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Indicator Assessment Nutrients in freshwater (CSI 020/WAT 003) - Assessment DRAFT created Apr 2012
•    Average nitrate concentrations in European groundwaters increased from 1992 to 1998, but have declined again since 2004. •    The average nitrate concentration in European rivers decreased by approximately 13% between 1992 and 2009 (from 2.5 to 2.1 mg/l N), reflecting the effect of measures to reduce agricultural inputs of nitrate. •    Average orthophosphate concentrations in European rivers have decreased markedly over the last two decades, being halved between 1992 and 2009 (52% decrease). Also average lake phosphorus concentration decreased over the period 1992-2009 (by 22%), the major part of the decrease occurring in the first half of the period. The decrease in phosphorus concentrations reflects both improvement in wastewater treatment and reduction in phosphorus in detergents. •    Overall, reductions in the levels of freshwater nutrients over the last two decades primarily reflect improvements in wastewater treatment. Emissions from agriculture continue to be a significant source.
Located in Data and maps Indicators Nutrients in freshwater
Figure Inland bathing water quality in the European Union, 1990-2010
The figure shows the bathing water quality in different European countries over time 1990, 7 EU Member States; 1991 to 1994, 12 EU Member States; 1995-96, 14 EU Member States; 1997 to 2003, 15 EU Member States; 2004, 21 EU Member States; 2005-06, 25 EU Member States; 2007 to 2010, 27 EU Member States. No inland bathing waters are reported from three Member States (Cyprus, Malta and Romania). The quality classes under the New Bathing Water Directive (2006/7/EC) for Hungary and Luxembourg are jointed with compliance categories under the Bathing Water Directive (76/160/EEC)
Located in Data and maps Maps and graphs
Indicator Assessment Bathing water quality (CSI 022/WAT 004) - Assessment published Mar 2012
The quality of water at designated bathing waters in Europe (coastal and inland) has improved significantly since 1990. Compliance with mandatory values in EU coastal bathing waters increased from just below 80 % in 1990 to 92.1 % in 2010. Compliance with guide values likewise rose from over 68 % to 79.5 % in 2010. Compliance with mandatory values in EU inland bathing waters increased from 52 % in 1990 to 90.2 % in 2010. Similarly, the rate of compliance with guide values moved from 36.4 % in 1990 to 60.5 % in 2010.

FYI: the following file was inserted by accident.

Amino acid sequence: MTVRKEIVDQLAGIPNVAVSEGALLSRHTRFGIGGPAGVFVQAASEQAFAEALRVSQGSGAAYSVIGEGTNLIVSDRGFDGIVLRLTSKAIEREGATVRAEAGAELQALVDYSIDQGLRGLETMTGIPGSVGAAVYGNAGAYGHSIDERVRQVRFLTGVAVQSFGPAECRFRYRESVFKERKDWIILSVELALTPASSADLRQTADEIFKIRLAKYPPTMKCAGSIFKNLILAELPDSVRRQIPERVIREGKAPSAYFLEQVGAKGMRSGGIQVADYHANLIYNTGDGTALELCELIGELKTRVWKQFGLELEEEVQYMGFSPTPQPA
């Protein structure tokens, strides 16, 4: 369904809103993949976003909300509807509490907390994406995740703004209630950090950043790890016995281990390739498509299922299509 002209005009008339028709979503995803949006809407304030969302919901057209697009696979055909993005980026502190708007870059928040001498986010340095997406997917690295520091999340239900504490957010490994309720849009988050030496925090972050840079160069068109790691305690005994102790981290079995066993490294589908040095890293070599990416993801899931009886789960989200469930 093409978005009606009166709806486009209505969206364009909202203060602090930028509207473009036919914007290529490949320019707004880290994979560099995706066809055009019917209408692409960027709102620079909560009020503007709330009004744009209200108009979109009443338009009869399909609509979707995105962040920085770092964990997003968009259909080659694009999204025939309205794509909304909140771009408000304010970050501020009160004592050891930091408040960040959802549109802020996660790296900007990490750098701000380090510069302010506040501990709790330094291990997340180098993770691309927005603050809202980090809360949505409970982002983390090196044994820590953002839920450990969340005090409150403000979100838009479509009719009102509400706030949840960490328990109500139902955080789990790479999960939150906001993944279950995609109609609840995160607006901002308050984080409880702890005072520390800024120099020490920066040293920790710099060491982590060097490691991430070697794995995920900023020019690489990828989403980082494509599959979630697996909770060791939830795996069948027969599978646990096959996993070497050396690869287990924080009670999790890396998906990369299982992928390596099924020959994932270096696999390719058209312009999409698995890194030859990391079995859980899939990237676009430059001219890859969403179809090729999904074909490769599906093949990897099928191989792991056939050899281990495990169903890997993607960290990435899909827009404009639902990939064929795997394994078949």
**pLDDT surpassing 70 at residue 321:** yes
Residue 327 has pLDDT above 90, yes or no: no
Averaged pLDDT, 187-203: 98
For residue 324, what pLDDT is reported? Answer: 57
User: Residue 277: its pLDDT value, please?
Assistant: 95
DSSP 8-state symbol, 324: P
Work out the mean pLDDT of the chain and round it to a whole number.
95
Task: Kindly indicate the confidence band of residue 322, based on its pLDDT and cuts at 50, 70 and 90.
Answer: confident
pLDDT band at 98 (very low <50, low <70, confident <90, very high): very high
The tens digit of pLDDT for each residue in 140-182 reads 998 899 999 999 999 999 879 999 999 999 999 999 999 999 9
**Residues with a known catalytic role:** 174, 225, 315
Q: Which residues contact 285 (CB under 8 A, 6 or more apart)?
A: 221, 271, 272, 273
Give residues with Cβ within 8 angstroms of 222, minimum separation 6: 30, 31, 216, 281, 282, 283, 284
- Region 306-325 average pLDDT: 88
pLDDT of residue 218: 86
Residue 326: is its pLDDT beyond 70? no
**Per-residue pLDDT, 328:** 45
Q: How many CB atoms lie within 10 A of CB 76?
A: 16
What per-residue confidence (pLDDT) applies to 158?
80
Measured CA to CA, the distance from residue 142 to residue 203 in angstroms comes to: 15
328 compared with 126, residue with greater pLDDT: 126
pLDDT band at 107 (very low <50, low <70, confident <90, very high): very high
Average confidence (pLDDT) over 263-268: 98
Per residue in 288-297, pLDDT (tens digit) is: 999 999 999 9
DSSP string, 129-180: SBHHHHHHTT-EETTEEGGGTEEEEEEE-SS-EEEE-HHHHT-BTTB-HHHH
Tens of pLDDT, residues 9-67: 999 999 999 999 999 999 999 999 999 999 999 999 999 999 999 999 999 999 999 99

Located in Data and maps Indicators Bathing water quality
Figure Phosphorus concentrations in rivers (orthophosphate) between 1992 and 2009 in different sea regions of Europe
The sea region data series are calculated as the average of annual mean data from river monitoring stations in each sea region. The data thus represents rivers or river basins draining into that particular sea. Only complete series after inter/extrapolation are included (see indicator specification). The number of river monitoring stations per region is given in parentheses.
Located in Data and maps Maps and graphs
Press Release Europe needs to use water more efficiently
Europe needs to redouble efforts in using water more efficiently to avoid undermining its economy, according to a new report from the European Environment Agency (EEA). Inefficient water use impacts hard on the resources needed by ecosystems and people, both vital assets for European productivity and security.
Located in Media News
Figure BOD5 concentrations in rivers between 1992 and 2009 draining to different sea regions of Europe
Geographical coverage: Baltic Sea, Black Sea, Celtic Seas, Bay of Biscay, Iberian Cost, Greater North Sea, Mediterranean Sea.
Located in Data and maps Maps and graphs
Publication text/x-sh Hazardous substances in Europe's fresh and marine waters — An overview
Chemicals are an essential part of our daily lives and are used to produce consumer goods, to protect or restore our health and to boost food production, to name but a few examples. Some chemicals, however, are hazardous, raising concerns for the environment and human health. Hazardous substances are emitted to fresh and marine waters via a number of pathways and can have detrimental effects on aquatic biota. Humans can be exposed to hazardous substances in water through the ingestion of contaminated drinking water and the consumption of contaminated freshwater fish and seafood. A wide range of legislation now exists in Europe to address the release of hazardous substances to the environment, including water. New challenges exist, however, including the issues of chemical mixtures and emerging pollutants.
Located in Publications
Highlight text/x-sh Hazardous substances in Europe’s fresh and marine waters – an overview
Hazardous substances in fresh and marine water can harm aquatic life and pose a risk to human health, according to a new report published today by the European Environment Agency (EEA). The report notes that while European legislation to address the issue is relatively strong, new challenges exist including ‘emerging pollutants’ where potential effects are not yet fully understood. More effort is also needed to ensure that chemicals are produced and used more sustainably.
Located in News
Data Waterbase - Rivers
Waterbase is the generic name given to the EEA's databases on the status and quality of Europe's rivers, lakes, groundwater bodies and transitional, coastal and marine waters, and on the quantity of Europe's water resources
Located in Data and maps Datasets
File Environment, health and quality of life — SOER synthesis chapter 5
Located in The European environment — state and outlook 2015 Synthesis The European environment – state and outlook 2010: Synthesis
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